From the Publisher
To the immortal health of Karen Elizabeth Gordon's Paris Out of Hand, the most entertaining nonfiction book I've read all year. Her delirium of prose stands out among the year's best fiction, too...The book cartwheeling over so many issues of design, color, art history, stand-up comedy and performance art that I must remind myself that it is a lo-and-behold book provides a mischievous, faux travelogue of a brightly imagined Paris. Paris Out of Hand is told and sung through fiction, fakery and the bold interplay of words and images....Everything in her City by the Seine is surreal, magical, and possible: At the Hotel Helias, "Paris' answer to the Heartbreak Hotel," handkerchiefs are handed out with room keys; and chocolate, because of it's euphoric and erotic properties is strictly forbidden.
The sustained performance is one of grins and asides, in which the allusions to France, literature, the artists of the old Left Bank, come in buckets; one can sip and dip at leisure.
Karen Elizabeth Gordon, Barbara Hodgson, and Nick Bantock collaborated on the writing, illustration, and design of Paris out of Hand.
...The book cartwheeling over so many issues of design, color, art history, stand-up comedy and performance art that I must remind myself that it is a lo-and-behold book provides a mischievous, faux travelogue of a brightly imagined Paris. Columbus Dispatch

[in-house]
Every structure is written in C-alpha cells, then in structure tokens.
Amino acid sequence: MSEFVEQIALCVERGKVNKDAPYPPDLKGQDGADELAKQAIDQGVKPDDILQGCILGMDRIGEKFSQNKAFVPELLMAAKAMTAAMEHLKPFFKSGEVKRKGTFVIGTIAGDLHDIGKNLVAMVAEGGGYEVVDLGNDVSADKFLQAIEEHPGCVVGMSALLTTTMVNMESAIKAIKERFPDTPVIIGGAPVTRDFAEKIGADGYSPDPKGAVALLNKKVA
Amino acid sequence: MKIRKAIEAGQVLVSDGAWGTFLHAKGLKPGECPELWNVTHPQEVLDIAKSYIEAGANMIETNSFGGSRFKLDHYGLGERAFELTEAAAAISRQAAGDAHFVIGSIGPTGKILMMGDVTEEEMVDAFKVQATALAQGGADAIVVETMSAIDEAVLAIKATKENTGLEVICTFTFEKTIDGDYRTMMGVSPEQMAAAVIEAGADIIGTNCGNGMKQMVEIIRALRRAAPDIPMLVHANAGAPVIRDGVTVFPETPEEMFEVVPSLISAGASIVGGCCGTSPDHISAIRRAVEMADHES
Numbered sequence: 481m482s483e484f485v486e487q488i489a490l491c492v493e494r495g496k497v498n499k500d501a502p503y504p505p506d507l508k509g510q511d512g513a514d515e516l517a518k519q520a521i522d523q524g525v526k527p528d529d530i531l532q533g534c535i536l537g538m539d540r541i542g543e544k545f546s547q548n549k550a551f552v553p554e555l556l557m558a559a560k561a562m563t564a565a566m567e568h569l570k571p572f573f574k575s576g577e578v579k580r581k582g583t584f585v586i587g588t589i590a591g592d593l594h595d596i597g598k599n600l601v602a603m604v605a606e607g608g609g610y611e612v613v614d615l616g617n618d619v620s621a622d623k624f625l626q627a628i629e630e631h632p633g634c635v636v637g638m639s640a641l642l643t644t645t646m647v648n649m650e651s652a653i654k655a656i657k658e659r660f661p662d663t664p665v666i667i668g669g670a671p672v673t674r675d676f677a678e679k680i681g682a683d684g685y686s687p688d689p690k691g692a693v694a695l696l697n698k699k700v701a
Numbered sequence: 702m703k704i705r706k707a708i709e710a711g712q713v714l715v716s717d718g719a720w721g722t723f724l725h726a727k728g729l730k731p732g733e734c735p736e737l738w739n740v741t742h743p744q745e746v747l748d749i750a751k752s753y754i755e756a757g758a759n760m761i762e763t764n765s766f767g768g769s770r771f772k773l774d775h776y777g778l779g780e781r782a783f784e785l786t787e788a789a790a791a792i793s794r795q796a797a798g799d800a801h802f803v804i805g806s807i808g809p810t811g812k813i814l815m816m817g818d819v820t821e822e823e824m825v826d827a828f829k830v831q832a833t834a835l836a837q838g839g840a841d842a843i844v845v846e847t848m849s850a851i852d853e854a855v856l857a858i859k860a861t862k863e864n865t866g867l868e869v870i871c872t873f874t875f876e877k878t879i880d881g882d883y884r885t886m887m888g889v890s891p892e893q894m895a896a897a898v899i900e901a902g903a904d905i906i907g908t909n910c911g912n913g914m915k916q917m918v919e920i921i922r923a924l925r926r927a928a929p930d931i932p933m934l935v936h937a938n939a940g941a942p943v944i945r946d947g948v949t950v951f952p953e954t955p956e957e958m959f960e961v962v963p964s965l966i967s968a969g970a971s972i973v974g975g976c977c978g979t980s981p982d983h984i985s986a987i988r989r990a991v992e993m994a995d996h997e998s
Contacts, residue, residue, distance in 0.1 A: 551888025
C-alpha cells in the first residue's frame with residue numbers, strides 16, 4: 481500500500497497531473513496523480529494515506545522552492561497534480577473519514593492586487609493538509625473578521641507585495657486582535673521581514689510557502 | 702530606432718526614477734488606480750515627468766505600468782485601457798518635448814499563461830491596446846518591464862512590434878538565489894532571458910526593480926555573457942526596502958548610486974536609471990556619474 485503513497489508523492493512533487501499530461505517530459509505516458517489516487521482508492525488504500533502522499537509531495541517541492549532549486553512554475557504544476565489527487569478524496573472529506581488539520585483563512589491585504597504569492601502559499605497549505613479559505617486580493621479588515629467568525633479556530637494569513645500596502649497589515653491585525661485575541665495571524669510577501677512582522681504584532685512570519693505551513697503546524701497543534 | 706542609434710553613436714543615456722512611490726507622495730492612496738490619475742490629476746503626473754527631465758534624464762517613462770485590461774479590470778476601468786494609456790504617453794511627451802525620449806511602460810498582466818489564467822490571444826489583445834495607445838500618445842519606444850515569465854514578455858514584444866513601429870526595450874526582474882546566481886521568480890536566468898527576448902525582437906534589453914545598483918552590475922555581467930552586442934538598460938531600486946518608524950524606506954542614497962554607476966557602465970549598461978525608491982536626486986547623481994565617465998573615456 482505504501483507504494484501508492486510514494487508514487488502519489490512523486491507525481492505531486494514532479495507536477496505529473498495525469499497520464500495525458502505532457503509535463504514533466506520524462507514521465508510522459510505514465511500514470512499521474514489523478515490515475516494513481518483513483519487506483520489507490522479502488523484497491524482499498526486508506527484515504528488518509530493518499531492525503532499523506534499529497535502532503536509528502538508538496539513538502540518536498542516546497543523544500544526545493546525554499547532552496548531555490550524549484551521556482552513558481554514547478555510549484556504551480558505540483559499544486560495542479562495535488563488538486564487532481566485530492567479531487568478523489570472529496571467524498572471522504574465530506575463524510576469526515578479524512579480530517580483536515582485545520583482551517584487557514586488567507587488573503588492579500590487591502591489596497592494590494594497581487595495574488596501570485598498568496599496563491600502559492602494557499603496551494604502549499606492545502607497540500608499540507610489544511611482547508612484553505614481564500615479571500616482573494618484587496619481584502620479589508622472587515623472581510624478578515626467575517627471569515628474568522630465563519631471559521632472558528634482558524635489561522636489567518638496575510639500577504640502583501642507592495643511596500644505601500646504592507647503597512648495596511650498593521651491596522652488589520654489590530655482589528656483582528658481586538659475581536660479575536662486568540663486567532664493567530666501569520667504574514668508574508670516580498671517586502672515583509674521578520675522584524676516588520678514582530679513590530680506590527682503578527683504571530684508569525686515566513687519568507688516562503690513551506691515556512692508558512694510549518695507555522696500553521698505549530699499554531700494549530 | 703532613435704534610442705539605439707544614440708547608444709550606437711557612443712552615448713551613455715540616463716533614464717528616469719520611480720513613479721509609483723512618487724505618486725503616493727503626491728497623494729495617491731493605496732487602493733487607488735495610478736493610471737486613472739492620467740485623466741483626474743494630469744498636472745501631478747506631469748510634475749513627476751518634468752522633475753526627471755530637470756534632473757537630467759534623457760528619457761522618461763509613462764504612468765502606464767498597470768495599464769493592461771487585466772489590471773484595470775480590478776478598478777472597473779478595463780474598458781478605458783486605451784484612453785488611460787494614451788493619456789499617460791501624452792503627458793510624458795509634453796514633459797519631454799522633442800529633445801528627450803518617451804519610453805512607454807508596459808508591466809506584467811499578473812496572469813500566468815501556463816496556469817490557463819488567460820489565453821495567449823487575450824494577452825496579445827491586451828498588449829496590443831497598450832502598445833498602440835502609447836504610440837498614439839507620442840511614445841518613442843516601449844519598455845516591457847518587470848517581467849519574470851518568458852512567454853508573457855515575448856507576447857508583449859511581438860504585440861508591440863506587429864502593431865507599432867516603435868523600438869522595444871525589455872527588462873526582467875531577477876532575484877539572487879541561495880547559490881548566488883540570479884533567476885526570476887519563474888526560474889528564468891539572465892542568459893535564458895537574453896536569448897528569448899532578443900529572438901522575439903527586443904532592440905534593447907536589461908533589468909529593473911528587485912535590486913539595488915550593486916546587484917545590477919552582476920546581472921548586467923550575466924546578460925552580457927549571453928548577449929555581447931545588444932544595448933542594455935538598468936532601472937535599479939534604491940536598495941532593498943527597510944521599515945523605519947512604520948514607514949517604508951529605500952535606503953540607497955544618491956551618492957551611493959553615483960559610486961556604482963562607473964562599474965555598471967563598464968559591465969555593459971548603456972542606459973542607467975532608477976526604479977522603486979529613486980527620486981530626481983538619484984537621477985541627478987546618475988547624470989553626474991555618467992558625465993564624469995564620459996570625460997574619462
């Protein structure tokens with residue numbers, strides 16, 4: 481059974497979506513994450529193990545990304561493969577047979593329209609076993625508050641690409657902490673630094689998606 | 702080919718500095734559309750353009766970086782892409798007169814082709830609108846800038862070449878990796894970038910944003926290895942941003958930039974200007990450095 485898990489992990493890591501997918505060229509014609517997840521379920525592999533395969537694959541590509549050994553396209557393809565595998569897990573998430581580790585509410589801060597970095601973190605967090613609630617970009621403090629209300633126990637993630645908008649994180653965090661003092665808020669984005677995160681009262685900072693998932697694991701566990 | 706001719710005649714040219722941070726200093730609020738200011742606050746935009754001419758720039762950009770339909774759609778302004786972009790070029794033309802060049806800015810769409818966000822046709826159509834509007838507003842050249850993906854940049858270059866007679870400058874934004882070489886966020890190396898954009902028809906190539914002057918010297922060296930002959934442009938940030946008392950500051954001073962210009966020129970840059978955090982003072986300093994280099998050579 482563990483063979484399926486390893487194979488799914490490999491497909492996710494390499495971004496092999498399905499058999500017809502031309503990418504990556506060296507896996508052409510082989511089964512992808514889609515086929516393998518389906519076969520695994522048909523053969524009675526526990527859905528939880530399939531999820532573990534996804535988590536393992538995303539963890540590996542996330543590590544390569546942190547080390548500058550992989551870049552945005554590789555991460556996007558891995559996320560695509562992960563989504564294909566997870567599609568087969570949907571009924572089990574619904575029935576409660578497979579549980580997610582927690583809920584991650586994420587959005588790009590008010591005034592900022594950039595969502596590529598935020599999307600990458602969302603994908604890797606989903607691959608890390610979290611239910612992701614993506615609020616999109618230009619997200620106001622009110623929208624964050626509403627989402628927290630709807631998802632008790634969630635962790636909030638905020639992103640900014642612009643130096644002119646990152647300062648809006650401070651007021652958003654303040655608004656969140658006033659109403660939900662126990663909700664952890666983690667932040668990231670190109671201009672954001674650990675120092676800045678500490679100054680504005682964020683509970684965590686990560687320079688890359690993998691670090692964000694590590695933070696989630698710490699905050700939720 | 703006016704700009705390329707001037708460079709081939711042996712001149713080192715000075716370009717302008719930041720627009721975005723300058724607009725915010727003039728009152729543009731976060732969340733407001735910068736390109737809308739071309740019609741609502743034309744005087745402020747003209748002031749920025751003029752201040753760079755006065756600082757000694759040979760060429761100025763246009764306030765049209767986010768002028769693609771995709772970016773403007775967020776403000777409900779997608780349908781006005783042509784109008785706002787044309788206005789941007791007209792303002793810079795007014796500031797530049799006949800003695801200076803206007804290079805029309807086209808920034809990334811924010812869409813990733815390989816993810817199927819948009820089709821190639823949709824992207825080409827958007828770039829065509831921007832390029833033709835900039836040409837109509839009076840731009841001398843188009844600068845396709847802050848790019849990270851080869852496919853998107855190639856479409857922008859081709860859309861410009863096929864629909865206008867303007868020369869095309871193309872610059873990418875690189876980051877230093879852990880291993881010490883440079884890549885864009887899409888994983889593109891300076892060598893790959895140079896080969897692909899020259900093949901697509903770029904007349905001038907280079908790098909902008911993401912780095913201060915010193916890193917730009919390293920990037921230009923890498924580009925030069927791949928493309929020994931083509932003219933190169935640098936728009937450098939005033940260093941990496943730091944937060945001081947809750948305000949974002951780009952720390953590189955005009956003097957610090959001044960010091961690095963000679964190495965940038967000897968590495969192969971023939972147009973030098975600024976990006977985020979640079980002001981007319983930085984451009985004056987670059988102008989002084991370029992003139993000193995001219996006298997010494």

Publishers Weekly - Publisher's Weekly
The conceit behind this playful, charming spoof of a book is as simple and bizarre as a Magritte painting: it is a guide to an imaginary Paris, complete with fake hotel listings, off-the-wall travel advice and restaurant recommendations that aim more at literary than culinary edification. In Gordon's Paris, tourists may stop at the Grand Hotel des Echecs, home to a clientele made up of chess lovers and losers ("echecs" means both "chess" and "failures" in French); dine at the Caf Dada, where one inserts food into an Automat and is fed foreign coins in return; or take in a film at the Cinma l'Ange des Sables, which shows only movies shot in the desert. "Ici on parle angoisse" ("Anguish spoken here"), Gordon informs us of one hotel. Admirers of Gordon's previous work, which includes the popular grammar handbook The Transitive Vampire and the novel The Red Shoes and Other Tattered Tales, will not be surprised to find her drawing heavily on the work of such writers as Paul Valry, Guillaume Apollinaire and Raymond Queneau for her wealth of puns, wordplay and double-entendres. This is not a book to read cover to cover, but rather to dip into when the appetite strikes. When the absurdist humor gets too coy or heavy-handed, readers may refresh themselves by studying the surrealist collages and illustrations illuminating every page. Meticulously drawn, finely detailed and brimming with whimsy, they are happily reminiscent of those in Bantock's own Griffin & Sabine books. (Oct.)